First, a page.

Shore Lit Newsletter, June 2022
What We’re Up To This Month:
I’m saying “we,” but Shore Lit is really just me, Kerry Folan—a reader, writer, and teacher passionate about literature in all its shapes and forms. My goal is to engage our community in conversation around a shared love of books. Eventually, I’m hoping Shore Lit will grow to be a resource for young adult literacy. Welcome! I’m so glad you are here for this journey.
Over the past month I have spent most of my time prepping for Shore Lit’s first official event: a conversation with author Rion Amilcar Scott and historic preservationist Dale Glenwood Green at Easton’s Academy Art Museum this Friday, June 3.
I’ve been following Rion’s work since I ran into him at the 2016 AWP Conference, just before his fantastic first story collection, Insurrections, was published to enormous acclaim. At that conference, I attended a panel he moderated titled “The Literary Genius of Kendrick Lamar” which examined Lamar’s storytelling at the intersection of hip-hop and literature. It was the most exciting and insightful panel I attended that year.
I had a weird sense of recognition when I saw Rion on the stage, and eventually I realized that I already knew him: We attended elementary school together more than thirty years ago. (It turns out we also attended the same MFA program at George Mason University, too, though at different times.) It was trippy and wonderful to re-meet that little boy, now grown into a father, husband, teacher, and exceptionally beautiful writer.
Both of Rion’s story collections, Insurrections (winner of the 2017 PEN/Bingham Prize for Debut Fiction and the 2017 Hillsdale Award from the Fellowship of Southern Writers) and The World Doesn’t Require You (a finalist for the PEN/Jean Stein Book Award and a “Best Books of the Year” per the Washington Post, NPR, Buzzfeed and Entropy) are set in the fictional town of Cross River, Maryland—a free black settlement founded in 1807 after the only successful slave revolt in the United States. Each short story is told from the point-of-view of a different citizen, creating a dazzling kaleidoscope of perspectives and personalities. The lives Rion conjures are frustrated, hopeful, humorous, absurd, sublime, and very human. Even when the narrator is a robot. “Shape-Ups at Delilahs,” published in the New Yorker, will give you an idea of what I mean.
When Rion agreed to read here in Easton, I felt that the occasion was also an important opportunity to celebrate the non-fictional lives of the museum's neighbors in the Hill Community, which is one of the oldest free African American neighborhoods in the country. Dale Green, in partnership with local historians and Hill Community residents, has done incredible work over the past decade (literally) unearthing artifacts from backyards and preserving private documents that shed light on the lives of the free African American families who have lived here for more than two centuries.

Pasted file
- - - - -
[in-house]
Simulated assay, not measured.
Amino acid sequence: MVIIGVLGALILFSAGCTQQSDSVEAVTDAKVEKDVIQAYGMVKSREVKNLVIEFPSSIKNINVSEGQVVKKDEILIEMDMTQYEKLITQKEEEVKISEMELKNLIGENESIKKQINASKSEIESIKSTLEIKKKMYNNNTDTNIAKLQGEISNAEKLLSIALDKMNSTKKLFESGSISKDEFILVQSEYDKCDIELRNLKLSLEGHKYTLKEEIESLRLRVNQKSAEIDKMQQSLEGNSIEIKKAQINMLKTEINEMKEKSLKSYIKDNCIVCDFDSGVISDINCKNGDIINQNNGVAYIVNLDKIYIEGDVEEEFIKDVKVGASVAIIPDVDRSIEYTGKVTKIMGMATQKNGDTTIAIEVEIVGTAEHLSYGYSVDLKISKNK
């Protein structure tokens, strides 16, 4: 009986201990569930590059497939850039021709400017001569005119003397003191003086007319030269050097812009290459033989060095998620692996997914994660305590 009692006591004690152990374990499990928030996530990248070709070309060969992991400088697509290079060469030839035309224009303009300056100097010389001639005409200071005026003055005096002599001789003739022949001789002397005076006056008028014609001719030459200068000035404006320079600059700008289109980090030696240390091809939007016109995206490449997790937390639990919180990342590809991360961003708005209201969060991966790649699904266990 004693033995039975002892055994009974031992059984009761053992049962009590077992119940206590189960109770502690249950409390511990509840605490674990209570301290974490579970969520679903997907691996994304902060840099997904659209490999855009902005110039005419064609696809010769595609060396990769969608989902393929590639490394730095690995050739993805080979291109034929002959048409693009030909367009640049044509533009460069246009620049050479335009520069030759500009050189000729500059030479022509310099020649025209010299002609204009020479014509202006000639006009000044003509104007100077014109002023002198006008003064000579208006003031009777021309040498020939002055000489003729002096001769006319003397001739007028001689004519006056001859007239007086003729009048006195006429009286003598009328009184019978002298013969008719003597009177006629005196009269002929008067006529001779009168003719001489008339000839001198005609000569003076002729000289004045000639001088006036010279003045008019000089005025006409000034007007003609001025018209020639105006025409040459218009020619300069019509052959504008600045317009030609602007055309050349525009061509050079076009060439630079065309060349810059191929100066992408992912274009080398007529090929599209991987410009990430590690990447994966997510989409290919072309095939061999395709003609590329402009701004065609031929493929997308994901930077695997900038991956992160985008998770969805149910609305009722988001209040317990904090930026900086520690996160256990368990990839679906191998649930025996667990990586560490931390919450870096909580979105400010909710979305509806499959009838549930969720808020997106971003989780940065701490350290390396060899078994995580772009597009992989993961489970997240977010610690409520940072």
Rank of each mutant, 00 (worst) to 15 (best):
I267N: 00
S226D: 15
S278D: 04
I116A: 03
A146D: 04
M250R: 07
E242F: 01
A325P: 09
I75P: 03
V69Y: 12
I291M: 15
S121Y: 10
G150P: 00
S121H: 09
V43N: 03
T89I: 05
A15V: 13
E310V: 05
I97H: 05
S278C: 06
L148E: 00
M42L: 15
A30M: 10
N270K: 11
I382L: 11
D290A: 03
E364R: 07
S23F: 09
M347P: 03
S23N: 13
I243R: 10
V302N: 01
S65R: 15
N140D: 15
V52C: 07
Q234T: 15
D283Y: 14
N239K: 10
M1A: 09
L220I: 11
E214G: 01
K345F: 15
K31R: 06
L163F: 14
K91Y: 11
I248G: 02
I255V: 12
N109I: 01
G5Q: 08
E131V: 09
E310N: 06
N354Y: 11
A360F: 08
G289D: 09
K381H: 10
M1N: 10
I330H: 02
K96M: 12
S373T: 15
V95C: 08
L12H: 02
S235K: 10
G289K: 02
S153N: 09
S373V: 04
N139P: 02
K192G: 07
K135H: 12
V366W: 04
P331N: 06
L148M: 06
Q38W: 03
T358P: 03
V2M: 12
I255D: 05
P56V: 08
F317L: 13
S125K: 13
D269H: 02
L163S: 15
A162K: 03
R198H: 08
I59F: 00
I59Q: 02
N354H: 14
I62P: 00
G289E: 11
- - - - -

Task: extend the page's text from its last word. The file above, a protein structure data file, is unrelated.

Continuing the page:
Washington College’s Chesapeake Heartland Project will have their African American Humanities Truck on site starting around 5:00 pm. The formal talk will go from about 6:00-7:00. Rion will be signing books afterwards and Dale Green will lead a walking tour of the Hill Community around 7:30. Shore Lit events are always free and open to the public (reservations encouraged). I hope you will join us!
What I’m Reading:
I’ve read a string of great books this month. Johnny Sun’s touching book of essays Goodbye, again is about anxiety, tenderness, and house plants (perhaps my favorite thing about well-rendered nonfiction is that it can make even house plants riveting). Sun suggests a way of moving through the world with gentle attention for our loved ones, our objects, and ourselves. I walked away from this book a better human.
Deeshaw Philyaw’s The Secret Life of Church Ladies came out in 2020, but I didn’t discover it until just a few weeks ago when I saw Deeshaw read her startling flash essay “Milk for Free” at this year’s AWP conference. She said her first draft of this piece was 20-pages long. Her final is just 750 words, and yet somehow contains a whole complex lifetime. The short stories in this collection do the same.
I expected comedian Hannah Gadsby’s Ten Steps to Nanette to be a typical celebrity memoir about the path to fame and fortune. Instead, she has written a complex, experimental, essayistic autobiography that plays bravely and effectively with structure and form, and which—poignantly, humorously, shamelessly—expresses the workings of her autistic brain. Though I bought the hardcopy, I also ended up downloading the audiobook so I could listen on my commute. I loved hearing her story in her own voice.
Also: David Sedaris on the return to book-touring in the New Yorker (head’s up: he’s coming to the Avalon in October!); Courtney Brkic on family secrets in The Offing; Louise Erdrich on the creative life in T Magazine; Emily Lee Luan’s “I Put Tasks I Do for Free into a Folder Titled ‘Jobs’” in American Poetry Review (via Poetry Daily).
What Else I’m Looking Forward to on the Shore:
Guided Sculpture Walk with Howard & Mary McCoy @ Adkins Arboretum
Saturday, June 4, 2:00-4:00
The artists behind the gorgeous, ephemeral sculptures scattered throughout the Arboretum are offering a guided walk and artist talk. There will also be a reception for artist Kit-Keung Kan, whose landscapes are currently on view in the gallery.
Delmarva Pride Party @ Hummingbird Inn
Friday, June 17, 7:00
Drag show and dance party – yes please!
Juneteenth Celebration @ Academy Art Museum & Ashbury
Saturday, June 18, 12:00-4:00
The folks at AAM, Building African American Minds (BAAM), Frederick Douglass Honor Society, and Talbot County Free Library are joining forces to host what looks to be a great afternoon of music, food, and art. Musicians Dat Feel Good and Julie Outrage will be performing.
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